DECEMBER 8, 2020 (WASHINGTON) – Louisiana’s love of lawsuits lands the litigious locale the dubious distinction of “Judicial Hellhole” for the eighth year running.
The American Tort Reform Foundation (ATRF) named Louisiana the No. 5 Judicial Hellhole this year, down one spot from last year. Judicial Hellholes are deemed the most unjust local courts and state civil justice systems in the country. The 2020 report ranks nine and shines a light on lawsuit abuse and its effects.
Louisiana is no stranger to being called a Judicial Hellhole and residents are familiar with how lawsuit abuse impacts their pocketbooks.
This year brought a made-for-TV auto accident scam, trial lawyer ads as far as the eye can see while coastal lawsuits dragged on in the state.
“Not only does lawsuit abuse drag down the overall economy, as we’ve seen this year with thousands of COVID-19-related lawsuits,” American Tort Reform Association (ATRA) President Tiger Joyce said, “But in Louisiana, a family of four can pay a tort tax of more than $1,600 every year – that’s about three months worth of groceries spent on lawsuits!”
Excessive tort costs result in nearly 20,000 Louisiana jobs lost and $1.2 billion lost in personal income annually.
Louisiana’s auto insurance rates are second only to Michigan and premiums have increased 18.3% since 2015 for Louisiana drivers. These high auto insurance costs are a consequence of the state’s climate of lawsuit abuse. Plaintiff-friendly judges and, up until recently, the highest-in-the-nation jury trial threshold result in high litigation costs, meaning it’s more expensive for insurance companies to operate in the state. It also means fewer companies are willing to do business in the state.
Louisianans’ pocketbooks are hit directly, and some businesses are considering whether to relocate to less litigious states or close their doors altogether.
Several south Louisiana residents decided to see just how much they could game the state’s court system. They allegedly had a scheme in which they faked auto accidents with 18-wheeler tractor trailers, then worked with a specific lawyer to get payouts.
The lawsuits usually involved multiple people in the vehicle, with little to no damage, then little to no damage to the insured truck, with the truck driver unaware of an accident or disputing that it happened at all. They sought damages including medical expenses, mental anguish, loss of enjoyment of life, physical pain and suffering, and inconvenience.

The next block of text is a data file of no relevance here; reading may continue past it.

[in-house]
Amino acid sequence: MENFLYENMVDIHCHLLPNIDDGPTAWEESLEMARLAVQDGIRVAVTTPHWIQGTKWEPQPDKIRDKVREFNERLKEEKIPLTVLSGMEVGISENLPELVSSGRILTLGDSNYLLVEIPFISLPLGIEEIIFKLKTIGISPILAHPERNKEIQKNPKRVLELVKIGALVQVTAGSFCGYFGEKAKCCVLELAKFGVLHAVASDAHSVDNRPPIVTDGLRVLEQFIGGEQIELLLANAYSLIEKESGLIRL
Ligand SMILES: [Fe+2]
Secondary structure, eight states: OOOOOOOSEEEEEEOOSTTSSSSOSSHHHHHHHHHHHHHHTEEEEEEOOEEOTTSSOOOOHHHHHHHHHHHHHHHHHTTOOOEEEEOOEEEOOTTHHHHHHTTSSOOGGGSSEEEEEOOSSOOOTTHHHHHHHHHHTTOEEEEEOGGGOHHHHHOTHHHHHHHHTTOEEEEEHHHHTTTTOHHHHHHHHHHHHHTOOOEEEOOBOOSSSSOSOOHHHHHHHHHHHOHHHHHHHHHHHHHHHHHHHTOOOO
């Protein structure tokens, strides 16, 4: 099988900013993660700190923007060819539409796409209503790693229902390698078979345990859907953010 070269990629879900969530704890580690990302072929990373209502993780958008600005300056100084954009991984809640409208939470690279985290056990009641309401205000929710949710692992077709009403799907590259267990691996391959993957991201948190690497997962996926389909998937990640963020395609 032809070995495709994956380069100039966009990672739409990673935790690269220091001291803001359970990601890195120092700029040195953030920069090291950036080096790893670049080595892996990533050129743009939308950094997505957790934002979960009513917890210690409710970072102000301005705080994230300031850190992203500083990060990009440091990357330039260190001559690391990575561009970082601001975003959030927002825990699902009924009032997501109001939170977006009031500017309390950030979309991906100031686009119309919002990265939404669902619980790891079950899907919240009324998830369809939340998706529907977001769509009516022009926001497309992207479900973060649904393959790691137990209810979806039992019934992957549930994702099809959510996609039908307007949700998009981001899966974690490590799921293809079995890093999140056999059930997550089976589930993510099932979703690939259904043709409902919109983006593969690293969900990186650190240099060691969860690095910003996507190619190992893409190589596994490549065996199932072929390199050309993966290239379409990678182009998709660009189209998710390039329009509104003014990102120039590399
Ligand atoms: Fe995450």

Insurance companies often settle these cases rather than spend time and resources going to trial – and facing Louisiana’s “hometown justice.” In total, trucking and insurance companies were defrauded out of $277,500 in the cases. Those involved pleaded guilty to conspiracy to commit wire fraud.
Louisiana’s highways are also littered with trial lawyer advertisements splattered across billboards, signaling to businesses that they’re in a Judicial Hellhole where they’re more likely to get sued.
“These ads drive away businesses who may want to invest in Louisiana and drive away those who have faced the unfortunate reality of their state’s legal climate,” Joyce said.
This year the legislature passed the Civil Justice Reform Act of 2020. It enacts reforms intended to address the state’s outrageous auto insurance costs, including lowering the state’s jury trial threshold from $50,000 to $10,000.
While insurance rates may improve, coastal lawsuits targeting the state’s energy industry drag on. More than 40 lawsuits filed by 7 parishes attempt to outsource enforcement by involving private lawyers in a space meant for democratically elected decision makers who are accountable to the public.
A recent study shows these lawsuits resulted in a loss of more than 2,000 employees in the state’s oil and gas industry, equating to $70 million per year in lost earnings.
“These coastal lawsuits only move the state further in the wrong direction and drag down the state’s economy as it looks to rebound from a difficult year,” Joyce said.
The full 2020-2021 Judicial Hellholes rankings are:
View the full report at JudicialHellholes.org.